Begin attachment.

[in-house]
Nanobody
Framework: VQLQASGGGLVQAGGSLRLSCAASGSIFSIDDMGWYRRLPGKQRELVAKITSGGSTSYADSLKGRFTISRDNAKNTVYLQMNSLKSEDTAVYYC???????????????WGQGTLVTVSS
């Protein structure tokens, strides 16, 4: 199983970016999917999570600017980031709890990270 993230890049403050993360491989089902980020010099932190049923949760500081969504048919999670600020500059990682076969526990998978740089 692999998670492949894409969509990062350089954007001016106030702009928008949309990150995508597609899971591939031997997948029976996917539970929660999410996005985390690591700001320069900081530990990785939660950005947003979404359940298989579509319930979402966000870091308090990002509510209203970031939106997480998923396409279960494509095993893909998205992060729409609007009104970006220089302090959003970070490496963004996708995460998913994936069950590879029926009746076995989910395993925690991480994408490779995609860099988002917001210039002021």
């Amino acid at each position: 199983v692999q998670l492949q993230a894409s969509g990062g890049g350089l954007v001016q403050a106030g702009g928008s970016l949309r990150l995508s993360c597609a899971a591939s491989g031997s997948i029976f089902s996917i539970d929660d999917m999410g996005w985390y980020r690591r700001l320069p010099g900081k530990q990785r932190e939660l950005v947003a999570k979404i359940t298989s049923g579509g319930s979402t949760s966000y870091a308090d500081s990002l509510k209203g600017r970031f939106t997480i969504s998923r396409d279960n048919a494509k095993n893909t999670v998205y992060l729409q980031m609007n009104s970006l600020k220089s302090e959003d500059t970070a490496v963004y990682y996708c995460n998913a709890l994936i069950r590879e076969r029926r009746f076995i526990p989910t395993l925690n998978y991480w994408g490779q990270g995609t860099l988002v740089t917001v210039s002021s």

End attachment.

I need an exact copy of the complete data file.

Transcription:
[in-house]
Nanobody
Framework: VQLQASGGGLVQAGGSLRLSCAASGSIFSIDDMGWYRRLPGKQRELVAKITSGGSTSYADSLKGRFTISRDNAKNTVYLQMNSLKSEDTAVYYC???????????????WGQGTLVTVSS
């Protein structure tokens, strides 16, 4: 199983970016999917999570600017980031709890990270 993230890049403050993360491989089902980020010099932190049923949760500081969504048919999670600020500059990682076969526990998978740089 692999998670492949894409969509990062350089954007001016106030702009928008949309990150995508597609899971591939031997997948029976996917539970929660999410996005985390690591700001320069900081530990990785939660950005947003979404359940298989579509319930979402966000870091308090990002509510209203970031939106997480998923396409279960494509095993893909998205992060729409609007009104970006220089302090959003970070490496963004996708995460998913994936069950590879029926009746076995989910395993925690991480994408490779995609860099988002917001210039002021």
């Amino acid at each position: 199983v692999q998670l492949q993230a894409s969509g990062g890049g350089l954007v001016q403050a106030g702009g928008s970016l949309r990150l995508s993360c597609a899971a591939s491989g031997s997948i029976f089902s996917i539970d929660d999917m999410g996005w985390y980020r690591r700001l320069p010099g900081k530990q990785r932190e939660l950005v947003a999570k979404i359940t298989s049923g579509g319930s979402t949760s966000y870091a308090d500081s990002l509510k209203g600017r970031f939106t997480i969504s998923r396409d279960n048919a494509k095993n893909t999670v998205y992060l729409q980031m609007n009104s970006l600020k220089s302090e959003d500059t970070a490496v963004y990682y996708c995460n998913a709890l994936i069950r590879e076969r029926r009746f076995i526990p989910t395993l925690n998978y991480w994408g490779q990270g995609t860099l988002v740089t917001v210039s002021s």